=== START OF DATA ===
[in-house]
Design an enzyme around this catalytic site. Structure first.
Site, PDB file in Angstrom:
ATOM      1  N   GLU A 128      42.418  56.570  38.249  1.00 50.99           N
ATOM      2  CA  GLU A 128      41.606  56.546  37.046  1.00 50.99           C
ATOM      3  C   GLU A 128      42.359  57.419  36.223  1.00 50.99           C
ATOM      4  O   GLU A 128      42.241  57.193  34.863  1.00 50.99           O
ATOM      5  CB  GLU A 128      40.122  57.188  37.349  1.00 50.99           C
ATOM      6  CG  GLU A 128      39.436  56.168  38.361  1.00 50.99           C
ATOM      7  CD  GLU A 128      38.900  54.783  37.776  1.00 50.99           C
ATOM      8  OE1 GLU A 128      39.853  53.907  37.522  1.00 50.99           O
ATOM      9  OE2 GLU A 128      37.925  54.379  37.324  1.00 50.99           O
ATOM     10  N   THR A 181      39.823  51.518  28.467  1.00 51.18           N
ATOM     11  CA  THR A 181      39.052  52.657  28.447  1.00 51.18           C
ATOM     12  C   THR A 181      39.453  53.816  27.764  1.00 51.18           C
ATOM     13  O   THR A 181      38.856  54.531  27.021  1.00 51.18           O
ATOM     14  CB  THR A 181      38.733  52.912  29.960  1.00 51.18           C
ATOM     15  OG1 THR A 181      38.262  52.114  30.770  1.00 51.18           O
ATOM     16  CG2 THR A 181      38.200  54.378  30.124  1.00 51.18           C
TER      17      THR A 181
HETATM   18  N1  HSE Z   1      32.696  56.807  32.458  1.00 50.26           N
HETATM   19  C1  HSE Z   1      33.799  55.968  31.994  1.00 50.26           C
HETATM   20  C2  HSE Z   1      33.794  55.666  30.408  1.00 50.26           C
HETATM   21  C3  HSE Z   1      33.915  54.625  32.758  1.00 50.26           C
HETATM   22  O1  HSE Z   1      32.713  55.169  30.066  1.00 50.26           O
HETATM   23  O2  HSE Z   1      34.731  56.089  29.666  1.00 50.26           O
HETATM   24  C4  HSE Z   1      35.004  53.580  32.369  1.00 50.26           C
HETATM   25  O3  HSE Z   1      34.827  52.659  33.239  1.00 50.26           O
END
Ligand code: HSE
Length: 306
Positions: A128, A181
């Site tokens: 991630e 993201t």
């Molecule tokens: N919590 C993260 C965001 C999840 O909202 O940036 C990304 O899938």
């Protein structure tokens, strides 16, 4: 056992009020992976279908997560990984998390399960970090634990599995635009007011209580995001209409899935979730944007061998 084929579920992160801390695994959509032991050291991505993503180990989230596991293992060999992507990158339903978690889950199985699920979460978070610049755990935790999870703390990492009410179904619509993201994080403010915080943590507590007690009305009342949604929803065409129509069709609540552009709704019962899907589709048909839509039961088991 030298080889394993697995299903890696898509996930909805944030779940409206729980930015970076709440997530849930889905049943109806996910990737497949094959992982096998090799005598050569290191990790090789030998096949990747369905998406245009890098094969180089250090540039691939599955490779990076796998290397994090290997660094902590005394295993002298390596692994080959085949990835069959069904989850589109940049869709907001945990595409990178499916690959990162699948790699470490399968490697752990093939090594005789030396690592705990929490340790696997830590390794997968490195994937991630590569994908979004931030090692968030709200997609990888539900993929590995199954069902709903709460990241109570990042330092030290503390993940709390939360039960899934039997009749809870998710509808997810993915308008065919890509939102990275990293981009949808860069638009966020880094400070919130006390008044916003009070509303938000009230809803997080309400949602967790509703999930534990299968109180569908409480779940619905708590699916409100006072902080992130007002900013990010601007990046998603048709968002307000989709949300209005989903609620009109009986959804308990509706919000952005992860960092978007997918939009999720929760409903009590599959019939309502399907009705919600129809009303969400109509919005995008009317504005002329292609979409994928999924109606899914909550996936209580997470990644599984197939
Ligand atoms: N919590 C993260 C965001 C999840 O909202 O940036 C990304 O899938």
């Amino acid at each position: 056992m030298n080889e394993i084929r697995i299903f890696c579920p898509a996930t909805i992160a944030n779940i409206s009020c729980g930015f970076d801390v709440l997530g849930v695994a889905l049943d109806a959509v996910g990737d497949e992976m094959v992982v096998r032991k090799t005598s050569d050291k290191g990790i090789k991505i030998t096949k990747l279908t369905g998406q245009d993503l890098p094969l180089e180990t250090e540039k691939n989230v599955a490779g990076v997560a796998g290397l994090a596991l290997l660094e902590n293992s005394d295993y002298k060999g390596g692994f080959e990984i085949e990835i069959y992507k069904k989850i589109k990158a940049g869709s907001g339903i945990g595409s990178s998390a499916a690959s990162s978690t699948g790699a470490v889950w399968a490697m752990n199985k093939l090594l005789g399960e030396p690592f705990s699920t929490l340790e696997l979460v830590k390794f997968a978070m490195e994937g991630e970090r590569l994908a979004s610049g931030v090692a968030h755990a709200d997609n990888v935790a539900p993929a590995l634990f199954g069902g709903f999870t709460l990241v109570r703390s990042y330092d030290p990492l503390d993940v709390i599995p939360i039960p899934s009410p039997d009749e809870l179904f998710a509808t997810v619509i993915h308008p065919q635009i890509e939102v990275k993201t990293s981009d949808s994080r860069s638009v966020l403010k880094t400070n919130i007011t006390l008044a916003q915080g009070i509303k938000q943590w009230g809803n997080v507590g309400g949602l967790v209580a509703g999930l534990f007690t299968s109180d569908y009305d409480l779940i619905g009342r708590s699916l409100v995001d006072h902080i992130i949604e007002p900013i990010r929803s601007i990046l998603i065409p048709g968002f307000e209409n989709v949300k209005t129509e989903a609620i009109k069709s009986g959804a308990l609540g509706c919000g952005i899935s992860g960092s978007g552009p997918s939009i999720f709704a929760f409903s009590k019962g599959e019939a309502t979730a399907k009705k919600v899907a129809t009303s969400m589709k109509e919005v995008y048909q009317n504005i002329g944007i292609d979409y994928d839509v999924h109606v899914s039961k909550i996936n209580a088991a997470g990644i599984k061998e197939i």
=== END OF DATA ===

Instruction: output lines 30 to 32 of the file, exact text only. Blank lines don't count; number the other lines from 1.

Ligand code: HSE
Length: 306
Positions: A128, A181